This week's job numbers came in weak , economic growth is "tepid," U.S. factory orders disappointed, and the stock market had another record close. There was a time, when stock prices and corporate performance were tightly correlated to the economic reality that most Americans experienced on a daily basis. Now, big corporate profits and stock returns appear to be primarily tied to regular doses of federal largess. Anytime the market takes a 2% dip or the administration gets word that bad economic news is about to be released, the Fed swings in like Robin Hood in reverse, to rescue America's upper class from a possible bad lunch.
It is becoming more and more obvious that none of this is doing American workers much good. Job creation is flat and the jobs that are "created" can't support an individual, much less a family. The Wall Street Journal noted, "the proliferation of low-wage jobs is leading to anemic growth in incomes." Worse, the primary reason for the declining "official" unemployment rate is the growth of discouraged workers "leaving the work force." More than six million Americans who want work aren't counted anymore, making a total mockery of our government statistics. The real unemployment rate, simply defined as folks who want a job but cant' find one is closer to 25%. If you add in those working far below their skill sets, its gotta be well over 30%.
Yet, despite what is essentially a depression, the stock market rocks on. The reason for this is that the stimulus is really aimed at appeasing the "free market conservatives" who populate Wall Street banks and the executive suites of our multinational corporations. No wonder they contributed so much to this President's re-election (and his opponent, just in case.) They've come to love big government. By simultaneously driving domestic taxes and regulations ever higher while opening our markets to competition from the untaxed and unregulated, our multinationals have been created a system where returns to U.S. capital invested abroad grow ever higher while returns to U.S. labor decline. Further, the globalized business environment with its convoluted laws , complex logistics and high capital requirements presents insurmountable barriers to entry for entrepreneurial firms. This stymies the capitalist process of "creative destruction" and crushes the technical innovations that normally threaten entrenched incumbents. Good times for corporate America, bad times for our engine of growth.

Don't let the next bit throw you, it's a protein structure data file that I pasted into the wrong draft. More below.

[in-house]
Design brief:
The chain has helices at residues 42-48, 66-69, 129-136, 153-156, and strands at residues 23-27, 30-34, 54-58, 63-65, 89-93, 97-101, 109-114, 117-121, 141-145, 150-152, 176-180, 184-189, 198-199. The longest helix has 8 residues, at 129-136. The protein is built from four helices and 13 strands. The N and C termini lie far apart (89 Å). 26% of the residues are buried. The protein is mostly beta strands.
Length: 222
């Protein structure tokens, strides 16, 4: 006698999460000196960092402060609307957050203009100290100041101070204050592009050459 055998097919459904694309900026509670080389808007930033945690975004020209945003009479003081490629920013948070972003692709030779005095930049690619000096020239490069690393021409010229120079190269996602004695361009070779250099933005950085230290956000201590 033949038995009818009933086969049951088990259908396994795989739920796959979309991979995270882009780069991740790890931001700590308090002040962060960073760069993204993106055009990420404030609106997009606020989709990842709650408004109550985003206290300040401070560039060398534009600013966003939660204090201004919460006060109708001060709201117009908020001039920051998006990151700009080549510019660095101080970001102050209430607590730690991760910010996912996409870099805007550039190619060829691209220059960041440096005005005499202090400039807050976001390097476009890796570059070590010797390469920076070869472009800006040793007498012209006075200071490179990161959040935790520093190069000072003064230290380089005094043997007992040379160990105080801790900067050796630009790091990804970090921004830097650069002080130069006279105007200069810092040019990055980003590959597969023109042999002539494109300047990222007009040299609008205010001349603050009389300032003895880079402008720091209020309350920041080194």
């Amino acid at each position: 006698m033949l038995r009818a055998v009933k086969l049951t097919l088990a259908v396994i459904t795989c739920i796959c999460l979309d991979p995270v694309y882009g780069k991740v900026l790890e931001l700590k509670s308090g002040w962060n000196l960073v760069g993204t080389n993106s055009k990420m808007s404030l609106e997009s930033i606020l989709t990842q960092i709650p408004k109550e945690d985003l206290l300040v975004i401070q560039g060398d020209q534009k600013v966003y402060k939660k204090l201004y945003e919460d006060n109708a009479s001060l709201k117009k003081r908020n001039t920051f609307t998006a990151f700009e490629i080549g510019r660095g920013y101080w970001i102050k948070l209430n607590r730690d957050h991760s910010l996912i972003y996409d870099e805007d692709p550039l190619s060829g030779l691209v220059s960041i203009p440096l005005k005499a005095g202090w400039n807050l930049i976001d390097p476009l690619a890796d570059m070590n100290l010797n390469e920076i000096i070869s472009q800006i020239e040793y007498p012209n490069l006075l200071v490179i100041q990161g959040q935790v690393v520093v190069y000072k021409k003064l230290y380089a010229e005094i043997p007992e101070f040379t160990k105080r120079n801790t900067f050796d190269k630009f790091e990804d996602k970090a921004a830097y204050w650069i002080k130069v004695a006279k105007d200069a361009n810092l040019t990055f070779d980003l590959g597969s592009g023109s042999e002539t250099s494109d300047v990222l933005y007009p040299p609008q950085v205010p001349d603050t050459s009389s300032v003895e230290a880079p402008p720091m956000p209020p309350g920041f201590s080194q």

Ironically, this same system creates jobs, wealth and power in China while simultaneous laying the groundwork for Marxism in America. Need a map to where economically bifurcated democracies wind up? Just Google "Venezuela." As a Chinese Communist Party official once remarked, "The road to Communism may take well over a hundred years and the transition doesn't have to be violent." (note: He wasn't talking about China.) It looks like that road is being well paved and comrade Bernanke is putting the pedal down.
Greg Autry is as an Adjunct Professor of Clinical Entrepreneurship with The Lloyd Greif Center for Entrepreneurial Studies at the Marshall School of Business at the University of Southern California. He serves as Senior Economist with the American Jobs Alliance, Economist with the Coalition for a Prosperous America and is co-author (with Peter Navarro) of Death by China: Confronting the Dragon -- A Global Call to Action.